For Waterfowl Festival president Ken Miller and his colleagues on its board of directors, their mission is simple; help celebrate the unique culture of the Chesapeake and raise money to protect it.
While it is true that the majority of the Board’s work is focused on the smooth operation of a three-day festival now in its 51st year, Waterfowl’s real business is to work with local conservation organizations, artists, artisans, hunters, and watermen to help educate the public on how rare and exceptional life is for those fortunate to live on the Eastern Shore.
Much of this effort has historically gone into land protection. Close to $6 million has been raised and donated to the cause of land protection on the Shore. And more recently, it has started a scholarship fund for young people eager to become leaders in the conservation movement.
But the real challenge for the organization happens every year in the streets and buildings of downtown Easton. Part of the labor is finding sponsorships and attracting the best waterfowl artists and artisans, but more importantly, to continue to creatively engage the thousands of families who attend with programming for all ages.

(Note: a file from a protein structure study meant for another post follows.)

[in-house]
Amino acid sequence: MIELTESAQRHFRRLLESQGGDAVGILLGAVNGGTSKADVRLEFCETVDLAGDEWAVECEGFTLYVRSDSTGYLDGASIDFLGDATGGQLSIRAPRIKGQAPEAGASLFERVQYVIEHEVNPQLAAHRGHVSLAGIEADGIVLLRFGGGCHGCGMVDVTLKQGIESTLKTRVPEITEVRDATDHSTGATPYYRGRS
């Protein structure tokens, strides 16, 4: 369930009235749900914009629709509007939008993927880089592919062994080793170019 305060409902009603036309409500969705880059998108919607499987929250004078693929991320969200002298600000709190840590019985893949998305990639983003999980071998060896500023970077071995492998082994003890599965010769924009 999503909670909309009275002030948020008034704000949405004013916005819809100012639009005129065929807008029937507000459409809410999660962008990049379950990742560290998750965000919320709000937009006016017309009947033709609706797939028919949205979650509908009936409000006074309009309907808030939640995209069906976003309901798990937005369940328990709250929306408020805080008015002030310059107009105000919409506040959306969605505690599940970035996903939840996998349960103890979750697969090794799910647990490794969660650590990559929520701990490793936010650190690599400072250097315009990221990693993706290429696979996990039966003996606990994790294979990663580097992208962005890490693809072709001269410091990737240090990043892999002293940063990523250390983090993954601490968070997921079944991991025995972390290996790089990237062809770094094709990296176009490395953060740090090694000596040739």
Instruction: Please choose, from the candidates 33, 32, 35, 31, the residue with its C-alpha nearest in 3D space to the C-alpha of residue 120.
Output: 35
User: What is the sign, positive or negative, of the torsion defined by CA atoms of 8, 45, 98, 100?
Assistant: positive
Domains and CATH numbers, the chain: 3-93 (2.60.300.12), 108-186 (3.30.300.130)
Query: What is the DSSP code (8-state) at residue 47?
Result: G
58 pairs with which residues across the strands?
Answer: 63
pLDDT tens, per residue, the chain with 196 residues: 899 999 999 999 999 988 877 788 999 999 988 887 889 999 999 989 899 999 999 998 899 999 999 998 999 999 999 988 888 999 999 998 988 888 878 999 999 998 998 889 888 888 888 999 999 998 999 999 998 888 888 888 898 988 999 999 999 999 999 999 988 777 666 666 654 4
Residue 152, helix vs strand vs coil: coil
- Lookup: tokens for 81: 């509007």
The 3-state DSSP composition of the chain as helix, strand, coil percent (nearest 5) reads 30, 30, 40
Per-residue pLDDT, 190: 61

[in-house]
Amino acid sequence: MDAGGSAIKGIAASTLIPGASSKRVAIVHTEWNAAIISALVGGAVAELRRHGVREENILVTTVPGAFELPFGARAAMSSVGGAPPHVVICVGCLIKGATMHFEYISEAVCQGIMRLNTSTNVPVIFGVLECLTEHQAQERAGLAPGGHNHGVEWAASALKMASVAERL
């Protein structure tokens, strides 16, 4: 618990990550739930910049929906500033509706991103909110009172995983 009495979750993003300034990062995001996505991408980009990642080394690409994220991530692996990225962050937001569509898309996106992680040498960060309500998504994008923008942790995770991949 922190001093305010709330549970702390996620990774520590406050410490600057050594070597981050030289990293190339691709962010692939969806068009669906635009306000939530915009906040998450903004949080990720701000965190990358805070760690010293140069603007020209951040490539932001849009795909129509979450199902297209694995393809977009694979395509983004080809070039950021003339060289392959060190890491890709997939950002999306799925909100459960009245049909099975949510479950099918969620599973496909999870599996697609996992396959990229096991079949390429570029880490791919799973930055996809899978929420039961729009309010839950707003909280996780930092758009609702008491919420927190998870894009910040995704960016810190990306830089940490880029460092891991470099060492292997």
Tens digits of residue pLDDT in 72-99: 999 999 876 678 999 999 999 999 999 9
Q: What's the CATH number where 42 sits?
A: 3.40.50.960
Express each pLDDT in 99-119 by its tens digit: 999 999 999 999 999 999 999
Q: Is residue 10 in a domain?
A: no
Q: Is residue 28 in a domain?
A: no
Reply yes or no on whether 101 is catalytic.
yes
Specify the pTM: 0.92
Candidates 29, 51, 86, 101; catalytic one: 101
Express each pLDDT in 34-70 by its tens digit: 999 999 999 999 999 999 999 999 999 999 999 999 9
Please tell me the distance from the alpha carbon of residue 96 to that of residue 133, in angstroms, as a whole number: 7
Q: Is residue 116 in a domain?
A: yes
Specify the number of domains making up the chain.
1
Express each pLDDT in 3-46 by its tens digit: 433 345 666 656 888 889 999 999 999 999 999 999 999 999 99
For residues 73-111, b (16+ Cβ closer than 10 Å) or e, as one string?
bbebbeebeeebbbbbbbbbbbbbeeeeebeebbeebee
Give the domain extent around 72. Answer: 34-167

In Ken’s case, a boyhood in rural New Jersey was where his conservation passion began. Growing up in a small town in the farm country of that state, Ken started hunting as a kid, primarily ducks and muskrats, which led him to a love for duck carving during his teens. And from then on, Miller has always found a way to be part of the culture.
While his real job in life has been a succession of leading insurance companies, followed by a successful role as an entrepreneur in private equity finance, Ken Miller remained a lifelong hunter but has also engaged in land use and conservation. From chairing Morristown’s Open Space Committee to installing living shorelines at his family’s now permanent home on Broad Creek in Talbot County, Ken and his wife, Julia, have been active participants in ecological preservation.
The most recent example has been Ken’s work with the Waterfowl Festival. A Board member for years, he recently agreed to serve as president for a one-year term. The Spy sat down with him last week to talk about the Festival (which starts this weekend), the organization’s mission, and some of the challenges Waterfowl Festival faces as it enters its sixth decade.
This video is approximately three minutes in length. For information and advance tickets please go here.